Breast cancer susceptibility protein type 1 and 2, also known as BRCA1 and BRCA2, are tumor suppressor genes that help repair DNA and act to prevent cancer. Everybody inherits a pair of these genes, one from their mother and the other from their father. However, if there are mutations in these genes, damaged DNA cannot be repaired properly and this increases the risk of developing breast and ovarian cancer.
Females who have inherited mutations of these genes are at higher risk for developing breast cancer and ovarian cancer than are people without such genetic changes. In fact, inherited BRCA gene mutations are responsible for about 5-10 percent of breast cancers and 10-15 percent of ovarian cancers.
Fortunately, genetic testing now exists to determine if a person is a carrier of these gene mutations. The BRCA blood test is a genetic test that uses DNA analysis to identify mutations in the BRCA1 and BRCA2 gene.
Known female carriers of BRCA gene mutations should undergo a more vigilant screening process, such as annual screening mammograms and breast MRIs. Alternatively, known carriers of the BRCA gene mutation, such as, Oscar award winning actress Angelina Jolie can also opt for preventative mastectomies, commonly referred to as a prophylactic mastectomy. In fact, a study in the International Journal of Cancer found 18% of women chose this approach. Also, more than half of these women had their ovaries removed, which reduces the risk of both breast and ovarian cancers by removing the body's major source of estrogen. Angelina Jolie also recently performed this surgery. Men can also carry the BRCA mutations and may pass these mutations on to their children. Male carriers of the BRCA mutations are at increased risk for male breast cancer and prostate cancer.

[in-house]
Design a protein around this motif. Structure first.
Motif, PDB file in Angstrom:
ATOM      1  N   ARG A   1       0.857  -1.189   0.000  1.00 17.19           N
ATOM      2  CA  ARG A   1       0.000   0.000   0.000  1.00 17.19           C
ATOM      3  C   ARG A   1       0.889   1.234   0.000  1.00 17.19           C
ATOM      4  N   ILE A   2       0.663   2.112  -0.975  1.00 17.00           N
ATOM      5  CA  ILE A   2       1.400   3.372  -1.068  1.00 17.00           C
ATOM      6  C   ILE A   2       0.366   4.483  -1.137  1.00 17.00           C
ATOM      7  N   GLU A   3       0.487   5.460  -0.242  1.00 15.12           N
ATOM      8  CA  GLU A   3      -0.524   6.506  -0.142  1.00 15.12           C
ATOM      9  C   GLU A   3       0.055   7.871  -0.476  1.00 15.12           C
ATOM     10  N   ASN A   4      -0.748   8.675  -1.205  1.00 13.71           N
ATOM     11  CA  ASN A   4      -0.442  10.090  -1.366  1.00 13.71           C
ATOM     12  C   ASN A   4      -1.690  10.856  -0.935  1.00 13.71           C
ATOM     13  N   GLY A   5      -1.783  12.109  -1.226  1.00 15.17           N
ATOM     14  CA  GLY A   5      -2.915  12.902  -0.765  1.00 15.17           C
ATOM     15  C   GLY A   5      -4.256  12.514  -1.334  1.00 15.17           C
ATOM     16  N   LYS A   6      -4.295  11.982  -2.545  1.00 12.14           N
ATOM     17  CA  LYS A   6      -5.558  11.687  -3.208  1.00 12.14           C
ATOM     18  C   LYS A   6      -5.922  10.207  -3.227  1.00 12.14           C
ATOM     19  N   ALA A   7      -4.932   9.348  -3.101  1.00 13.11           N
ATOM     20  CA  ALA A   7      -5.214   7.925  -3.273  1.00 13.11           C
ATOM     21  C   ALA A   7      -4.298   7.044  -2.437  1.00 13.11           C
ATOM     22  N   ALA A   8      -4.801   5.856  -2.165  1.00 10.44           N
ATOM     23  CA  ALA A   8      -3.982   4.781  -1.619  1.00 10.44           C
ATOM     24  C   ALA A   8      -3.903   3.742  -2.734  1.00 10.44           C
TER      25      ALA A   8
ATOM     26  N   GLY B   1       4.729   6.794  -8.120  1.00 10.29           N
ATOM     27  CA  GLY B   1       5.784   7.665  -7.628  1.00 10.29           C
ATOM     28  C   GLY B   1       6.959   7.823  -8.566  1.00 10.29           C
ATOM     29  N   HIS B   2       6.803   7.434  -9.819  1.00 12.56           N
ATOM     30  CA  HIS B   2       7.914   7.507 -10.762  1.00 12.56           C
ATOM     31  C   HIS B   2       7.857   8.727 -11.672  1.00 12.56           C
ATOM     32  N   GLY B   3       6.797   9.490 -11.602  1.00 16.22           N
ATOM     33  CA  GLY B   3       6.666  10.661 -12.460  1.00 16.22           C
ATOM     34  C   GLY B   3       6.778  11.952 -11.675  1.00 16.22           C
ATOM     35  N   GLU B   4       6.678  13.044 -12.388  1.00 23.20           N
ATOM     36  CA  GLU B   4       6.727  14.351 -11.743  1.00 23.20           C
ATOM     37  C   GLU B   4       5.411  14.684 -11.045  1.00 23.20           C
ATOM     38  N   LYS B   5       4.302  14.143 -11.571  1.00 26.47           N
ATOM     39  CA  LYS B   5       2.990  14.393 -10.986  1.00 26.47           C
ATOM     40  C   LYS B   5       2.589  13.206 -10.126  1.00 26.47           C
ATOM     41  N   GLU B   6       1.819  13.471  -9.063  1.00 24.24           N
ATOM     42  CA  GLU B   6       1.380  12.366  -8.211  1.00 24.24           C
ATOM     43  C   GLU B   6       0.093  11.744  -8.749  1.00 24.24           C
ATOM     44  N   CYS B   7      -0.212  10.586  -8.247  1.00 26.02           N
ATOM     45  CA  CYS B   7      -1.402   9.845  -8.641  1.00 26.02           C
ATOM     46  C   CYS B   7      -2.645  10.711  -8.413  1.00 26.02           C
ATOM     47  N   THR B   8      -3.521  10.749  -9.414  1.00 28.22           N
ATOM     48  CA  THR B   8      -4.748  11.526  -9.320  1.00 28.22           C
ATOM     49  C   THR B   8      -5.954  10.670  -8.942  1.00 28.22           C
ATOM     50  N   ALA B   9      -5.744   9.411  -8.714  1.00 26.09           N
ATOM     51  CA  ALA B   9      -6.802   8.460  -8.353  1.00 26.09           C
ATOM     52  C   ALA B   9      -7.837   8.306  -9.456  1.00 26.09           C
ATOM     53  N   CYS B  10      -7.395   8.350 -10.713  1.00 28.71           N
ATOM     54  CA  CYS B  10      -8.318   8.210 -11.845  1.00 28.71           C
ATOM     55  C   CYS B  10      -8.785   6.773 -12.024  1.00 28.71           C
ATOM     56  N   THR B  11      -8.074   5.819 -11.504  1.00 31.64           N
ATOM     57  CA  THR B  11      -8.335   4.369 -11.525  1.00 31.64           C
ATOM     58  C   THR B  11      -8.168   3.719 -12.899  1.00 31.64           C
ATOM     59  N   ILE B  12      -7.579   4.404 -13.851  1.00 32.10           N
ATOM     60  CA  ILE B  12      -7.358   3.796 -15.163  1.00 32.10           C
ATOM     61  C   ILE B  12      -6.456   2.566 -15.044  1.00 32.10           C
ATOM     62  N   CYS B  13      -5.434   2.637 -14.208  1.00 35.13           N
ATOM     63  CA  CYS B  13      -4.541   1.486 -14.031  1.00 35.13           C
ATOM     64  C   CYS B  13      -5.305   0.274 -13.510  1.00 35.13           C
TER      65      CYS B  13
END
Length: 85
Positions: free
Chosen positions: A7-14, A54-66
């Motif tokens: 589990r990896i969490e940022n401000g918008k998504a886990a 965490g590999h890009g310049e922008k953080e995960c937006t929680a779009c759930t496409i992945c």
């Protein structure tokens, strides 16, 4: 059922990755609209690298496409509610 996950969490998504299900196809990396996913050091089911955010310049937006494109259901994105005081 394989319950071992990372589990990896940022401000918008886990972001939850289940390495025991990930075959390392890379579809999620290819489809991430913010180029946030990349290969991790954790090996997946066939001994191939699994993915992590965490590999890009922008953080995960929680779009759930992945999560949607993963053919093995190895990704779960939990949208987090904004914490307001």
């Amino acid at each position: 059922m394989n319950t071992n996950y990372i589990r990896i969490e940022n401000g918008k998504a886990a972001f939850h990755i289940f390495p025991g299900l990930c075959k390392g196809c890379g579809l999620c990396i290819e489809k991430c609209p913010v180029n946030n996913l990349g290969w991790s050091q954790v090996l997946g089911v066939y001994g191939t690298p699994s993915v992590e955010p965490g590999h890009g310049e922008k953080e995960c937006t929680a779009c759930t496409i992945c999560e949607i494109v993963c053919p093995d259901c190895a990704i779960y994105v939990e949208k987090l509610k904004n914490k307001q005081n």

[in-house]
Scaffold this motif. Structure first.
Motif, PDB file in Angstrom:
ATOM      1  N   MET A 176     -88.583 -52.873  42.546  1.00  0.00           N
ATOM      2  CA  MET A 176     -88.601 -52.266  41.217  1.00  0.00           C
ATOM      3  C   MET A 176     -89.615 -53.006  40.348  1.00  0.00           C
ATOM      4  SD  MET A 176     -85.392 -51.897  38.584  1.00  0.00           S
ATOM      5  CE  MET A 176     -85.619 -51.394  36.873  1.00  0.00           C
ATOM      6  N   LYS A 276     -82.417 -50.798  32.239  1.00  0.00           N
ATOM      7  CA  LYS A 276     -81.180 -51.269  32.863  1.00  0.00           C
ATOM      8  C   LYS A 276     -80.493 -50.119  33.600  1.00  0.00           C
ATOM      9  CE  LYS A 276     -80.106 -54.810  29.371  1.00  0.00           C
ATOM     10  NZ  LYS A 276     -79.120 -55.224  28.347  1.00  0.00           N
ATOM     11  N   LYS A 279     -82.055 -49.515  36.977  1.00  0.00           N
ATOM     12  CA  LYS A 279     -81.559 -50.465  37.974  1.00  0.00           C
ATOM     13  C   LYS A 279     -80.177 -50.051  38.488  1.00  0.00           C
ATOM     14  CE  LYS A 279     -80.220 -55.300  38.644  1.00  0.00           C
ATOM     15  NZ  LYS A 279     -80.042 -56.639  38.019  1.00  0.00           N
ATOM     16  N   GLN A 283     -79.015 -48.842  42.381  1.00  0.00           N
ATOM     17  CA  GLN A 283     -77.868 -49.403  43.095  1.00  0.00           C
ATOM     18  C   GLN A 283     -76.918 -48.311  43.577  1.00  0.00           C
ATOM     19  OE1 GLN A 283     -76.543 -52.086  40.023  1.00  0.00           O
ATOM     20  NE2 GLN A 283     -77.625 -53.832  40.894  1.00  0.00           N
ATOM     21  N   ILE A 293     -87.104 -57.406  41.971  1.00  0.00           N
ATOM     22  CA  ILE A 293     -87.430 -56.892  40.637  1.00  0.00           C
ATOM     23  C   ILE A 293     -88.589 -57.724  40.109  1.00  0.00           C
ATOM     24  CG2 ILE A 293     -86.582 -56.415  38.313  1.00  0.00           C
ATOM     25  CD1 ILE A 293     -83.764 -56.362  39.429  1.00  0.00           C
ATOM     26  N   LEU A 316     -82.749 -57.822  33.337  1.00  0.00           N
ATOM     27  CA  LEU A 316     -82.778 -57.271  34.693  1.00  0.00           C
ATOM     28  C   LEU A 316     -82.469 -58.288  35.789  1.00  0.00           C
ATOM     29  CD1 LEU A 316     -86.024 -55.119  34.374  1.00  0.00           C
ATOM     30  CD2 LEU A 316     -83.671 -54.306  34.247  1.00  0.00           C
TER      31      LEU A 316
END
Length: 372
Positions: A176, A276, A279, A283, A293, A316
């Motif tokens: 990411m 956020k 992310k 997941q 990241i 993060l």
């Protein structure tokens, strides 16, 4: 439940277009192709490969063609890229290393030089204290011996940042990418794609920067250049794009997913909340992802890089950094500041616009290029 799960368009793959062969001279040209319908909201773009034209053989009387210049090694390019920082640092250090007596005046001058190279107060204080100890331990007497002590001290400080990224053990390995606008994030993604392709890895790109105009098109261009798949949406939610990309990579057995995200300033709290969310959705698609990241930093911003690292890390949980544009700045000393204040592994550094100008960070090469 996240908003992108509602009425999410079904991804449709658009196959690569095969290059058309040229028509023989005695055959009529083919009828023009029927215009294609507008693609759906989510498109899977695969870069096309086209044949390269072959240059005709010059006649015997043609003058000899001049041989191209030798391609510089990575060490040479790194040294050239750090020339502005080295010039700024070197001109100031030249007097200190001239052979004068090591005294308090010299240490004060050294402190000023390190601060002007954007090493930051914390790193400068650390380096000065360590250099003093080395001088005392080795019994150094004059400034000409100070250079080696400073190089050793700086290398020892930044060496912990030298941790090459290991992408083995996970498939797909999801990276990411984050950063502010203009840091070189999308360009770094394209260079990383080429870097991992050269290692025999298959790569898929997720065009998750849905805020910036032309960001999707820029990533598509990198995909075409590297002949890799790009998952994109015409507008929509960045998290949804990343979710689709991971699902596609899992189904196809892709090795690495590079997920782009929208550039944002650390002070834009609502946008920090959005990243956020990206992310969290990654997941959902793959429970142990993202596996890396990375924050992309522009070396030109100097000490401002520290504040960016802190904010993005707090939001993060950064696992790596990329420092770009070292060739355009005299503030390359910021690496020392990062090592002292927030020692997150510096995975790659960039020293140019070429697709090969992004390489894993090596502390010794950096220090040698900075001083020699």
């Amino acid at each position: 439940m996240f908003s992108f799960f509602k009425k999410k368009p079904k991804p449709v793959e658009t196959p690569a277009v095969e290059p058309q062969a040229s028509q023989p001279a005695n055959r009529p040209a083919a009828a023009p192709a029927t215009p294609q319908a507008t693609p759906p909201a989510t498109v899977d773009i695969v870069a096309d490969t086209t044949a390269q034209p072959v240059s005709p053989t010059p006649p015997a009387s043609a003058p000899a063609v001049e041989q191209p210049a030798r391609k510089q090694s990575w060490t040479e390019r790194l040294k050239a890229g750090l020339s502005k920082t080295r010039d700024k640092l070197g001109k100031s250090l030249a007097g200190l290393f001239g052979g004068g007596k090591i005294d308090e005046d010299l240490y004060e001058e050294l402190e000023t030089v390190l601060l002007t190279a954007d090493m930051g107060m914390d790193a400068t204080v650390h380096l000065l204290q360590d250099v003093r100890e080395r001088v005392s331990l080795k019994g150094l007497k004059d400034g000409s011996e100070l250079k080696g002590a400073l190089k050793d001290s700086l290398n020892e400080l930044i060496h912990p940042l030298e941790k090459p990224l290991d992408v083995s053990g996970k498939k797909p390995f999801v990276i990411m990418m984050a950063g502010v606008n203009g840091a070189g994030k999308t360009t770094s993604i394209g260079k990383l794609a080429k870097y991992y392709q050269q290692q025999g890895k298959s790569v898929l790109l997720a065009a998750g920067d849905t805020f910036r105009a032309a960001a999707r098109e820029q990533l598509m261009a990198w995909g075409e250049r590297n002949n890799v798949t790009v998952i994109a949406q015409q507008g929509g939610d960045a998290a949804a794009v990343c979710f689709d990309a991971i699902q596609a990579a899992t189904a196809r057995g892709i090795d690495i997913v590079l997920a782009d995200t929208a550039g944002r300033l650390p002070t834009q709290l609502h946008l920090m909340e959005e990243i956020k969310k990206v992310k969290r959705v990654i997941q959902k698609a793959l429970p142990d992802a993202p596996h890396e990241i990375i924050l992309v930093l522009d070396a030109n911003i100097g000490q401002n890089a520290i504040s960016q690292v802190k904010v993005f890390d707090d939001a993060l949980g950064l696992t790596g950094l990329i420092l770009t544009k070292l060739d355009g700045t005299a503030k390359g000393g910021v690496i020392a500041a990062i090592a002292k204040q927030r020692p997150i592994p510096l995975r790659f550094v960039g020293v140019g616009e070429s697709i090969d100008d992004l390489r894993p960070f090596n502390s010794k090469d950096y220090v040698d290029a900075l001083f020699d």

Ideal candidates who would benefit from genetic testing include persons with one or more of the following:
A personal or family history of breast and/or ovarian cancer.
A personal or family history of early onset breast cancer.
A family history of male breast cancer.
Ashkenazi Jewish ancestry.
Having a risk factor, or even several does not mean that you will develop breast cancer. If you think you may be at risk, talk with your doctor to decide what game plan would be best for you.
If you have been diagnosed with breast cancer or tested positive for a genetic mutation, it is strongly encouraged that all first degree relatives undergo genetic testing, since they are at an increased risk of developing these cancers. Early action and preventative measures can help overcome these risk factors. The best defense is a good offense! This can be done through the assistance of a genetic counselor.
Although BRCA testing requires only a blood sample, all risks and benefits should be considered prior to deciding on genetic testing. There are potential physical, emotional and financial impacts of knowing your genetic status. That is why testing for the BRCA mutation is recommended only for people who fall into one of the categories listed above.
There are many different options if you test positive for these genetic mutations and it is important to weigh all the risks and benefits before deciding what approach is best for you.